In average, there are 23 256 children are born in Macedonia annually, while the average number of stillbirths is 227. There are 1,745 children who are born with low birth weight, which is the most important factor for the need of additional medical care and treatment of children. The reasons for the complications after childbirth, as well as the relatively high number of stillbirths are mostly due to lack of medical care, or lack of medical supervision of pregnancy in women.
Therefore, the prenatal examinations are crucial for the avoidance of these occurrences.
The research made by the National Roma Centrum (NRC) from Kumanovo in 2011, as well as the fieldwork in 2012 and 2013, showed that out of 102 Roma women from Kumanovo, Kocani, Stip, Kriva Palanka and Bitola, aged between 15 and 35, around 50% do not enjoy their rights for reproductive health. The unequal treatment, the administrative and financial obstacles, the unemployment, social exclusion and lack of confidence are the reasons for this situation. All these women are socio-economically disadvantaged and do not have the money to go to the doctor or to pay for the gynecological services.
Around 8587 women who are beneficiaries of social help, are in their reproductive period, which is 1.64% of the total number of women of reproductive age. According to the latest available official data, and the 2002 Census, Macedonia has 522,355 women in the reproductive period.
If we take in consideration that in the past decade, Macedonia has, in average, 23 256 children born annually, out of which 227 are stillbirths, it turns out that 1,64% out of 23 483 pregnant women in the state or 381 pregnant women are beneficiaries of social help.
The social financial help for 2012 for one family and household with five or more members (100%) is 5 515 DEN a month. On the other side, the basic gynecological package with echo has the referent price of 800 DEN, and the expanded gynecological package with colposcopy is 1 240 DEN.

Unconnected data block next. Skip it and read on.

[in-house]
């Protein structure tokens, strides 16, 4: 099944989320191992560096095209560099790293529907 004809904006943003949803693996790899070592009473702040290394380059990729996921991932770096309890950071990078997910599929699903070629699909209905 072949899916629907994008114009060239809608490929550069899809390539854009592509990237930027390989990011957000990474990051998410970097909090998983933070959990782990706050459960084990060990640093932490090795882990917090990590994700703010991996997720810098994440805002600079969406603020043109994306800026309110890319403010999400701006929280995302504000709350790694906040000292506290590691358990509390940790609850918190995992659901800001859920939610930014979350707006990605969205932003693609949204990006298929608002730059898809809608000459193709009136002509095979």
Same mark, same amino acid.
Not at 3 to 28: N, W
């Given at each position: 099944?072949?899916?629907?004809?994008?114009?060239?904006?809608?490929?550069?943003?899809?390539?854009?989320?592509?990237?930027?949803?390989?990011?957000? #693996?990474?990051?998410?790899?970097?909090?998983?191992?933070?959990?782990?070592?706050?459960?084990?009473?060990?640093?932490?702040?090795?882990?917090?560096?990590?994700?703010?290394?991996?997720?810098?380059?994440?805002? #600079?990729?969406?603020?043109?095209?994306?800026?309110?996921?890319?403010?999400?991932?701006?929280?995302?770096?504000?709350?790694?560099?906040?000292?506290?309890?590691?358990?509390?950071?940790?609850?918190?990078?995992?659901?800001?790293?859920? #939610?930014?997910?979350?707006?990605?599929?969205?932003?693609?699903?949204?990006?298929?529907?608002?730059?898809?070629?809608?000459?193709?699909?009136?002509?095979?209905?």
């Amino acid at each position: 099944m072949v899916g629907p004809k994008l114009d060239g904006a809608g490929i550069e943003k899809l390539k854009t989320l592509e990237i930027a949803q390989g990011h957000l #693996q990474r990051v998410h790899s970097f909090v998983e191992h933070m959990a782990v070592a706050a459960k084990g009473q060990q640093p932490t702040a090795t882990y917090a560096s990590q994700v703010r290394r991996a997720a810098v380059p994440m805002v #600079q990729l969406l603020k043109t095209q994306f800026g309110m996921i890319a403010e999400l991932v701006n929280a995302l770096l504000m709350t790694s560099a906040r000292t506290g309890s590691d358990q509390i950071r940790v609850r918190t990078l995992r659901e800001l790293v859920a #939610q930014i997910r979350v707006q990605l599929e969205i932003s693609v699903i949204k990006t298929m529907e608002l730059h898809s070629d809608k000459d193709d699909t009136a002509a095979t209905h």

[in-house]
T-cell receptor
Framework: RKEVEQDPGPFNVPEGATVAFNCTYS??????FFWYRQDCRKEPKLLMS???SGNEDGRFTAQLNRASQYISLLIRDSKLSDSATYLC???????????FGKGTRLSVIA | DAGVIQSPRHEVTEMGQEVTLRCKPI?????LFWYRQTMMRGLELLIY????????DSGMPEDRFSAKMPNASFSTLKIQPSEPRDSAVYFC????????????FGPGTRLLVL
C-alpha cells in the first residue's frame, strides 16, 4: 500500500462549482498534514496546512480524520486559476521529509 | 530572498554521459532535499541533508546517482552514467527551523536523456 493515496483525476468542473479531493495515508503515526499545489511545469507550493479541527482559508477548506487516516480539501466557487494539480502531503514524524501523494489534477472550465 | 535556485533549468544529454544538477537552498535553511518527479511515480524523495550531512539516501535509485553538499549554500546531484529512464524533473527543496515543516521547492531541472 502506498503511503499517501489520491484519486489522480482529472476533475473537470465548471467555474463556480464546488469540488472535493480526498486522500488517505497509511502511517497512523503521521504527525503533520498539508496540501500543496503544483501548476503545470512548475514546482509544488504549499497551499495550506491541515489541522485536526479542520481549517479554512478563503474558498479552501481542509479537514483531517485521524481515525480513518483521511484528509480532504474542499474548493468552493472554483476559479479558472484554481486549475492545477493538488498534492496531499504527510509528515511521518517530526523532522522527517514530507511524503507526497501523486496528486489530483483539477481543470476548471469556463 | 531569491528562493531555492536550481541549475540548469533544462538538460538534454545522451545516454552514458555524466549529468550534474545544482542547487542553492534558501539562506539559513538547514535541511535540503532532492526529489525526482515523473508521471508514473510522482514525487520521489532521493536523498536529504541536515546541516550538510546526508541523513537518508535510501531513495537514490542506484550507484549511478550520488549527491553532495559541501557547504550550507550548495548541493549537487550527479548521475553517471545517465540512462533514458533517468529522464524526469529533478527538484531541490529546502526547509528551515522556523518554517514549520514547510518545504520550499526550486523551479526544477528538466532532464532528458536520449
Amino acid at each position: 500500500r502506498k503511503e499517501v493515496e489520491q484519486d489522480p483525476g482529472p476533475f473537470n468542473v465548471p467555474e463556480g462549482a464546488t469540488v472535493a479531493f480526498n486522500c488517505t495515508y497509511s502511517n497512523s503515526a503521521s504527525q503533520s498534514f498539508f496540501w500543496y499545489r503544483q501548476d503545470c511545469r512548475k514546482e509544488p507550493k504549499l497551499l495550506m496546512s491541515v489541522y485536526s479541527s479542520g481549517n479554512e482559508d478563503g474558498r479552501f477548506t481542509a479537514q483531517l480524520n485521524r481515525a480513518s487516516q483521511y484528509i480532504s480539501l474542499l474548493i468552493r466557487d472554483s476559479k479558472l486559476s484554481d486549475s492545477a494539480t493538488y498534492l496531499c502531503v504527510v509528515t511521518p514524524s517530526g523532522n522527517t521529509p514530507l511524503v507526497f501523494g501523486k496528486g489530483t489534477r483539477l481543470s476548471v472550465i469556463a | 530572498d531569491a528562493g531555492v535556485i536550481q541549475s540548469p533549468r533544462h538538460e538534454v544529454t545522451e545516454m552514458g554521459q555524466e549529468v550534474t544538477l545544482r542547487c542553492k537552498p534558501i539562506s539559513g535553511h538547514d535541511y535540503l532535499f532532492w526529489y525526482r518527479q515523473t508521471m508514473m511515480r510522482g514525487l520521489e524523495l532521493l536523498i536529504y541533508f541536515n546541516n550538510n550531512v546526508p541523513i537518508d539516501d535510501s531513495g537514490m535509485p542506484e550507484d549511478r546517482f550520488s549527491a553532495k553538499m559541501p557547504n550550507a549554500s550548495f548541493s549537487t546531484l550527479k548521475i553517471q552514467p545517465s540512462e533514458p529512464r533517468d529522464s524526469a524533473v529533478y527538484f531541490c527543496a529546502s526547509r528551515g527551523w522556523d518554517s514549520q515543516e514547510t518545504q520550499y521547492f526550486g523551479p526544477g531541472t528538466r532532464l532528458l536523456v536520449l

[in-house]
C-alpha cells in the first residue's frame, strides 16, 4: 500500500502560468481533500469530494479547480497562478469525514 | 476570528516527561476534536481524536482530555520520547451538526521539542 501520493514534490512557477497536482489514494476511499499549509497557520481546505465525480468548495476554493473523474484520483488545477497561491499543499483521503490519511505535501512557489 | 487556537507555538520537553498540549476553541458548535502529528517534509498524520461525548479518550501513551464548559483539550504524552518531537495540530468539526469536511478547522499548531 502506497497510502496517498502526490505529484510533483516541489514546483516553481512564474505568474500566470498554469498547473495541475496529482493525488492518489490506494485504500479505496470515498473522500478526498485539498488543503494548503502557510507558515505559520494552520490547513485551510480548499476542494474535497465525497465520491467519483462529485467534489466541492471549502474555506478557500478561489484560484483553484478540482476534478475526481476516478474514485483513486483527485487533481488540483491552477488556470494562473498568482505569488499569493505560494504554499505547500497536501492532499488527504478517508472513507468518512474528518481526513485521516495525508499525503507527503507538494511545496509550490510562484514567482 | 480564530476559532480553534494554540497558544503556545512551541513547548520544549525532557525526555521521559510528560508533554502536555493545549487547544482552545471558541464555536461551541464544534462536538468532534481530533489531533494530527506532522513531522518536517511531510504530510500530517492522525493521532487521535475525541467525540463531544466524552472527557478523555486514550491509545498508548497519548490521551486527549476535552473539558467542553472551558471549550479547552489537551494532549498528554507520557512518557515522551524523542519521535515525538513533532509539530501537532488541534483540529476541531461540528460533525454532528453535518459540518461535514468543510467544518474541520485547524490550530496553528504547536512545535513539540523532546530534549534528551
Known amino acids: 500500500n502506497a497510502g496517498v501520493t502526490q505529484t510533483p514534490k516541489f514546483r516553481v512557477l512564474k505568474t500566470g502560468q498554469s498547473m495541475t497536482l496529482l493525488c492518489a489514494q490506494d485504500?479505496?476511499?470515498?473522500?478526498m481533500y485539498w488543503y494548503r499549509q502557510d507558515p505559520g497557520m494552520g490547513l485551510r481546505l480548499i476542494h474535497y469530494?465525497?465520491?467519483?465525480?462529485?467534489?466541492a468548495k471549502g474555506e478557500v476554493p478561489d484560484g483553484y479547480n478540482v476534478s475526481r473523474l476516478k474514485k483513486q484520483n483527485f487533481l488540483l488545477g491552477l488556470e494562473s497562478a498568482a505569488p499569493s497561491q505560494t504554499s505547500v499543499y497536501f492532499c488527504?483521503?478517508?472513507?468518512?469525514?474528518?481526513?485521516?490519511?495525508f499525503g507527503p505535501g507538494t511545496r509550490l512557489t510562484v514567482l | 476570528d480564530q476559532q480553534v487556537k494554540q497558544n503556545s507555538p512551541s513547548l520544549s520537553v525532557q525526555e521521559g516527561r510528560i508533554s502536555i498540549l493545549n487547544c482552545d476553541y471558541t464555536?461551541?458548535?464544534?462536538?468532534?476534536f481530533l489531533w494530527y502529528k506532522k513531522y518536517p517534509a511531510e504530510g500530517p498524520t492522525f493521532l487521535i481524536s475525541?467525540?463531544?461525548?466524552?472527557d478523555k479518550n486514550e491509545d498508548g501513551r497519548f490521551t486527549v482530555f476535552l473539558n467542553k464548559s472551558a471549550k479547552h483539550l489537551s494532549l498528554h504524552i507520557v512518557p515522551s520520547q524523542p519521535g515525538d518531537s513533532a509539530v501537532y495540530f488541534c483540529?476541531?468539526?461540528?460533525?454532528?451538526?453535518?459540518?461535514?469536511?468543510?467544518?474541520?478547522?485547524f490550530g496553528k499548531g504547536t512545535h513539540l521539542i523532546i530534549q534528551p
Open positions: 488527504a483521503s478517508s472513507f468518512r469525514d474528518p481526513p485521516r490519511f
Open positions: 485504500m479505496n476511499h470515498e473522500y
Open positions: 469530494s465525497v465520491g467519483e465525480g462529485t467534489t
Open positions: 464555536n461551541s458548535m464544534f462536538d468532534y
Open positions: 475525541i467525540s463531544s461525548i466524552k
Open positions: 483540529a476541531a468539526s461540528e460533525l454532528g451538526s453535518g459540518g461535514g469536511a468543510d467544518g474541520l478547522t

The prenatal healthcare in Macedonia was regulated in 2010, when they delivered the instruction on how to perform healthcare activities related to the prenatal examinations in pregnancy. But in the Strategy for Safe Motherhood 2010-2015 it was confirmed that the national clinical guidelines for prenatal care are outdated and that they should be reviewed. But, nothing has been done since.
Therefore, the National Roma Centrum, through the project “Through increased voice to better health services” has an aim to point out to the relevant institutions and the creators of politics in the field of health, that the health services are not equally accessible to everyone. Guided by the basic human principle that the public health services should be accessible to all the citizens of Macedonia, in the following period NRC will insist for a program for free health services for the socially vulnerable women in Macedonia in order to have healthy mothers and healthy generations.
The European Union has already raised the question for the reforming of the health care systems in the states members, in order to provide equal opportunities for equal access to quality healthcare, and to ensure more efficient use of public resources. The EU strives for universal access to healthcare services which can lead to poverty reduction and to the fight against social isolation. Maybe it is time for us to start with the revision of the access to the health services in Macedonia, in order to avoid the discrimination against those who cannot afford to get treatment.
On the occasion of the World Health Day, April 7th, and the International Roma Day, April 8th, we ask: Do we want to have a healthy nation (With healthy mothers and children) without prejudices and stereotypes, or not?